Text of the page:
Consider the evidence that informs us that there are multiple systems for processing long-term memory.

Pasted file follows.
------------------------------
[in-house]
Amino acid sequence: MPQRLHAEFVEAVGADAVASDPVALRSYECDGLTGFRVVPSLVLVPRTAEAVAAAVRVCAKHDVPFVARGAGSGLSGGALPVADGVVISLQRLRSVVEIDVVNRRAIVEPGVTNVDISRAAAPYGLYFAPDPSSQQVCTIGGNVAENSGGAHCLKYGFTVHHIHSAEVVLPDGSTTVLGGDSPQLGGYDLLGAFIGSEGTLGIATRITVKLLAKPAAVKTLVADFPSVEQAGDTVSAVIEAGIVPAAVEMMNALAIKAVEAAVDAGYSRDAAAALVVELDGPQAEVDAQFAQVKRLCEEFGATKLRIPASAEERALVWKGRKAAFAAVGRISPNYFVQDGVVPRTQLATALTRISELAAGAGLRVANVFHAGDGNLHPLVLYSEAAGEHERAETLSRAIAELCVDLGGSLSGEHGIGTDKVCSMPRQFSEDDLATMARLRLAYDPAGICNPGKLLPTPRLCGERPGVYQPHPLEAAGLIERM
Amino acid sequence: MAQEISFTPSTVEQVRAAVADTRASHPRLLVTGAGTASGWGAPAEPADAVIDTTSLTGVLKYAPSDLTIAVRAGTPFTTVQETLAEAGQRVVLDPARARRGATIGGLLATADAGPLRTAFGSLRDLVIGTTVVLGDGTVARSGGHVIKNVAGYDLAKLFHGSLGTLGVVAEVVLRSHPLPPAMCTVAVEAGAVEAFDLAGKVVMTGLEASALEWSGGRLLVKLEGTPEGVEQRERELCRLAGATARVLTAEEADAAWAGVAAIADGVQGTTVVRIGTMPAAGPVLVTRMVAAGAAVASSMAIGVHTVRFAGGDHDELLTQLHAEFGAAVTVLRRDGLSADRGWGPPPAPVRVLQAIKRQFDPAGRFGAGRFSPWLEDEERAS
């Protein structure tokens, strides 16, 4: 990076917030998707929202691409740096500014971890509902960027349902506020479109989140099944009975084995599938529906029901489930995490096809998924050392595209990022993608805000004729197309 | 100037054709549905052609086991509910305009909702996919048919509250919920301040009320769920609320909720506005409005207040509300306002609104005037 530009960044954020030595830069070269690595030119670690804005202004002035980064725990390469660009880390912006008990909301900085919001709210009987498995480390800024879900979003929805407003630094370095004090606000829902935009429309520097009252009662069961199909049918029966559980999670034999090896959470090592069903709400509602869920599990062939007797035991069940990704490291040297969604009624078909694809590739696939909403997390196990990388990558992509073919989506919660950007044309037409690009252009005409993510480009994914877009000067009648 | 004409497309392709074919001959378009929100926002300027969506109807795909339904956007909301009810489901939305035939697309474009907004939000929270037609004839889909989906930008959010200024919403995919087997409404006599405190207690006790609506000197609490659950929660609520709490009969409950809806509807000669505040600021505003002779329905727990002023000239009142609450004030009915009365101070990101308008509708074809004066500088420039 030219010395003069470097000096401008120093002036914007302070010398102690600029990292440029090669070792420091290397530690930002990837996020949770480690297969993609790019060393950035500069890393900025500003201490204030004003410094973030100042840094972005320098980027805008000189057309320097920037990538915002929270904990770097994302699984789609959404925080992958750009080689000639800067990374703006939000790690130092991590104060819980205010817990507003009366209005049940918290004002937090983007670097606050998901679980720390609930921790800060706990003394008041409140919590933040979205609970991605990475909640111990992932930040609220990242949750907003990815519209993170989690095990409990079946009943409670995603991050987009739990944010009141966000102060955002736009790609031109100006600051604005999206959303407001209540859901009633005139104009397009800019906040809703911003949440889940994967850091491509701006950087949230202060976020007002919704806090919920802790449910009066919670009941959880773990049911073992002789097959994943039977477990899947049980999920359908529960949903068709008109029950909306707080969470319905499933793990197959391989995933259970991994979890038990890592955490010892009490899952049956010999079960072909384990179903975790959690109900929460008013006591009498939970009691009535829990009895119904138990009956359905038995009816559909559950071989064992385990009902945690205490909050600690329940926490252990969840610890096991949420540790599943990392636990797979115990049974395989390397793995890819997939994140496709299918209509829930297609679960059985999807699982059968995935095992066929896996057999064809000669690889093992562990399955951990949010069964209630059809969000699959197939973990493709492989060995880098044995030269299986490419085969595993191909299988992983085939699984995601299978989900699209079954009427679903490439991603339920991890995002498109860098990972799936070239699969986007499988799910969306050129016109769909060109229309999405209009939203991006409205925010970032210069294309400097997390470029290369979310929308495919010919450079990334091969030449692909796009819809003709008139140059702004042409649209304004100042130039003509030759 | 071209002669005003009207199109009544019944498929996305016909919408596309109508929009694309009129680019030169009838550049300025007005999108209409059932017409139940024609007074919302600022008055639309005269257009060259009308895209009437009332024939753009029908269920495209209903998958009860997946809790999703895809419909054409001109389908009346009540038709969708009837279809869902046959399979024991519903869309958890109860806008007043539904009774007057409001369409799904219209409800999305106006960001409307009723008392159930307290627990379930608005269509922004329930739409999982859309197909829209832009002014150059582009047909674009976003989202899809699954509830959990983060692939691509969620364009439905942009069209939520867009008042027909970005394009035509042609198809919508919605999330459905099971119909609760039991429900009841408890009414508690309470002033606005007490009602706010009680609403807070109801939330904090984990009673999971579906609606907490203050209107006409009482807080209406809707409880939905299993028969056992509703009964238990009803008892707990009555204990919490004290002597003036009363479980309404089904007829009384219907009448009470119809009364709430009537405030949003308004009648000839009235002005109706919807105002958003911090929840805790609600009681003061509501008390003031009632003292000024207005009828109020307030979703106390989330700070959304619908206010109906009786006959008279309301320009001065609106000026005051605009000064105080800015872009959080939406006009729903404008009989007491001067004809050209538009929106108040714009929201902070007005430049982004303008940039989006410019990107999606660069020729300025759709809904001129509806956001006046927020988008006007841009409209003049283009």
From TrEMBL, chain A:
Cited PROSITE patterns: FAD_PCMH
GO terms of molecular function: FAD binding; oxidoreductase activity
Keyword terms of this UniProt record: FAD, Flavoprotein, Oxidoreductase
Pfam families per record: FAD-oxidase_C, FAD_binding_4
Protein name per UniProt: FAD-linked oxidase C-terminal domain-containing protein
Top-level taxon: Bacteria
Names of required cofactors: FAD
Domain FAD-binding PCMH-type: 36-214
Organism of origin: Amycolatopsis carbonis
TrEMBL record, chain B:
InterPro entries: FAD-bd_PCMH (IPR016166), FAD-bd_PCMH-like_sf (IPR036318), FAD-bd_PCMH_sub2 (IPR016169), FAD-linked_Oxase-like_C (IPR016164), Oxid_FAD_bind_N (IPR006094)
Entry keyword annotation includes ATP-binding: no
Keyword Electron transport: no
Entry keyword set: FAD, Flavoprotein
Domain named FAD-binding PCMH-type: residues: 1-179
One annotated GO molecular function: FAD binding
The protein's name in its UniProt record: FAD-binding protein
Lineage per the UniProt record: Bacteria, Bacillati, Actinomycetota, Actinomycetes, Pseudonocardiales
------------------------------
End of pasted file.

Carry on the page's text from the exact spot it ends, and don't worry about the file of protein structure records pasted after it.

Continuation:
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This essay asks you to consider the evidence that informs us that there are multiple systems for processing long-term memory. You should discuss this question by including both a description of these multiple memory systems and a critique of the evidence. You should begin your essay with a strong introduction, defining any key terms and outlining how you will answer the question. (Approx. 200-250 words). The main body of your essay should consider initial understandings of long-term memory, and how this has changed to a multiple memory system approach. You should outline difference types of memory systems and discuss the literature that provides support and challenges to these claims. (Approx. 1000-1100 words). You should wrap up your answer with a strong conclusion that summarises and/or reinforces some of the key points made in your answer, referring back to the question. (Approx. 200-250 words). Remember to include both in-text references as well as have a ‘Reference’ section at the end which includes the full references of all of the sources you cited in the essay. Starter References: Eysenck, M. W. & Keane, M. T. (2015). Cognitive Psychology: A Students Handbook. London & New York: Taylor & Francis Group. Gross, R. (2010). Psychology: The Science of Mind and Behaviour. London: Hodder Education Group. Holt, N. A., Bremner, A., Sutherland, E., Vliek, M., Passer, M., & Smith, R. (2018). Psychology: The Science of Mind and Behaviour (Fourth). McGraw-Hill. Janacsek, K., Fiser, J., & Nemeth, D. (2012). The best time to acquire new skills: age-related differences in implicit sequence learning across the human lifespan. Developmental science, 15(4), 496–505. Reber, P. J., Knowlton, B. J., & Squire, L. R. (1996). Dissociable properties of memory systems: Differences in the flexibility of declarative and nondeclarative knowledge. Behavioral Neuroscience, 110(5), 861–871.